ECL also defended itself by relying on a number of cases that established that, although some confusion is inherent when there are concurrent users of the same trade name, concurrent use by itself does not constitute passing off. The court accepted this statement of the law, holding that in such a case, a claim for passing off cannot succeed unless one party does something that increases the risk of confusion inherent in the sharing of the same name. The court went on, however, to find that ECL’s decision to drop the name “Chapy’s” in respect of its women’s clothing business constituted just such a confusion-increasing action, and was “an attempt by [ECL] to insinuate itself into the valuable goodwill attached to [LSL]’s business.” For this reason, ECL’s defence failed, and the element of misrepresentation was found to exist.

Finally, the court found that LSL had suffered damage due to the risk of harm to, and loss of control over, its goodwill or reputation in the ladies’ clothing market. In the result, ECL was made subject to an injunction permanently prohibiting it from using the name “Edward Chapman” (or variations of it) in association with women’s wear, unless it gives equal prominence to the name “Chapy’s.”

The B.C. Court of Appeal decision

On appeal, ECL revived an argument that it had abandoned at the trial level, claiming that the effect of the 1959 transaction between the companies was not to confer upon LSL the ownership of the “Edward Chapman” name in association with ladies’ wear, but merely a license or permission to make use of the name. ECL claimed that the goodwill developed by LSL had accrued to ECL through this license relationship, and that ECL continued to have an “inherent” and proprietary right to use “its own name” in association with its own wares (women’s clothing).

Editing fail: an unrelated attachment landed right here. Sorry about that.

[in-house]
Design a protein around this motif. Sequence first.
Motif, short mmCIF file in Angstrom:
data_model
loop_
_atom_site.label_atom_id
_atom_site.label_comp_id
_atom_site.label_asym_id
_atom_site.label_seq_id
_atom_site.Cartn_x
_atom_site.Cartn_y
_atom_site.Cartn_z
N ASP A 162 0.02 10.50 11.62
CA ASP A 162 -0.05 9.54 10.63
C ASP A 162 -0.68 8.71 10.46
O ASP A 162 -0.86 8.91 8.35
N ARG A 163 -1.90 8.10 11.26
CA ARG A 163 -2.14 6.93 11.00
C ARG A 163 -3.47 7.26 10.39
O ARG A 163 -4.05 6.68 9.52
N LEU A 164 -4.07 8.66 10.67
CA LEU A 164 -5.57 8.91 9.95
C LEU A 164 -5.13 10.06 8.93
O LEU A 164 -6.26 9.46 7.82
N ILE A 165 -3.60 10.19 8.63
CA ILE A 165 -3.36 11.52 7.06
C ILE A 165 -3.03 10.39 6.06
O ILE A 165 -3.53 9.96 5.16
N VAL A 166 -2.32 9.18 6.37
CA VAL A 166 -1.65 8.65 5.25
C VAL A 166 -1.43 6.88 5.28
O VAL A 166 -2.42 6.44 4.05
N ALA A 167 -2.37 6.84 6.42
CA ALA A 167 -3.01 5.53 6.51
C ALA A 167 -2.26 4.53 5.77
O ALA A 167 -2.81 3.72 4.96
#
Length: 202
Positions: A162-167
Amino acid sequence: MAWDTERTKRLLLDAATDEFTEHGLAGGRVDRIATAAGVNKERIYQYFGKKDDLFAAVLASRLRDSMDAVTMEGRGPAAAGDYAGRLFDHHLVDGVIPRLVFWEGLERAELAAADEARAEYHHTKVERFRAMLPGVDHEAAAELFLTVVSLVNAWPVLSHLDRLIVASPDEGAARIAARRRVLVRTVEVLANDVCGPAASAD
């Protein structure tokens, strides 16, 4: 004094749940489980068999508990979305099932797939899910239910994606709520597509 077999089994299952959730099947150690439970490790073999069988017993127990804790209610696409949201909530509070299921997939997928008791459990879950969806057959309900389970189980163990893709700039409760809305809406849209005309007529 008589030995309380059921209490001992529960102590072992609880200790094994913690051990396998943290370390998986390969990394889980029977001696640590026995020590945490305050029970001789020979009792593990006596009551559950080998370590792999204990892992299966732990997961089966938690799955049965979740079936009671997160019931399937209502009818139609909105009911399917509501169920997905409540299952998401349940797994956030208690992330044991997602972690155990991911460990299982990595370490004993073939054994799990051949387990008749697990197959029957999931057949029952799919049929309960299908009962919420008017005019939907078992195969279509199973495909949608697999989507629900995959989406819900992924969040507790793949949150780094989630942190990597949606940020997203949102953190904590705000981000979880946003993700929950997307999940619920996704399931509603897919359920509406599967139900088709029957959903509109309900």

The Court of Appeal rejected these claims, mainly because all of the evidence pointed to the fact that the parties in 1959 did not intend to create a license, but rather intended to assign all of the goodwill relating to the ladies’ wear business, including the use of the “Edward Chapman” name in association with those wares, to LSL. The court also pointed out that, under the Trade-marks Act, a licensee’s use of a trade-mark only accrues to the benefit of a licensor if the licensor retains and exercises control over the character and quality of the goods sold in association with the mark, which ECL did not do. Thus ECL was unsuccessful in its claims based on the transfer agreement, and the passing-off decision against it was upheld.

The Court of Appeal noted that “it may seem ironic” that it was the Chapman family, through ECL, that was restricted in its use of the words “Edward Chapman” in its ladies’ wear business, but “such is the nature of trade names and marks.” In owning a trade-name, in this case “Edward Chapman,” ECL did not and could not own the words themselves, but only the association between those words and a particular type of wares, men’s clothing. In the circumstances, the ownership of that particular association was no barrier to a finding that the association between the words “Edward Chapman” and women’s clothing, which was a separate thing altogether, belonged exclusively to LSL.

The Court of Appeal also responded to ECL’s claim to have, as an alleged licensor, an “inherent” property right in the “Edward Chapman” name by observing that “’property’ in a name or mark is by its nature transitory.” The Court explained that the property right exists (at least in the case of unregistered marks and names) only so long as the name is distinctive of the owner’s goods. Thus if another person starts using the name, “action must be taken before the interloper has developed its own reputation—otherwise the ‘property’ is lost, or at least will not support enforcement by means of a passing-off action.”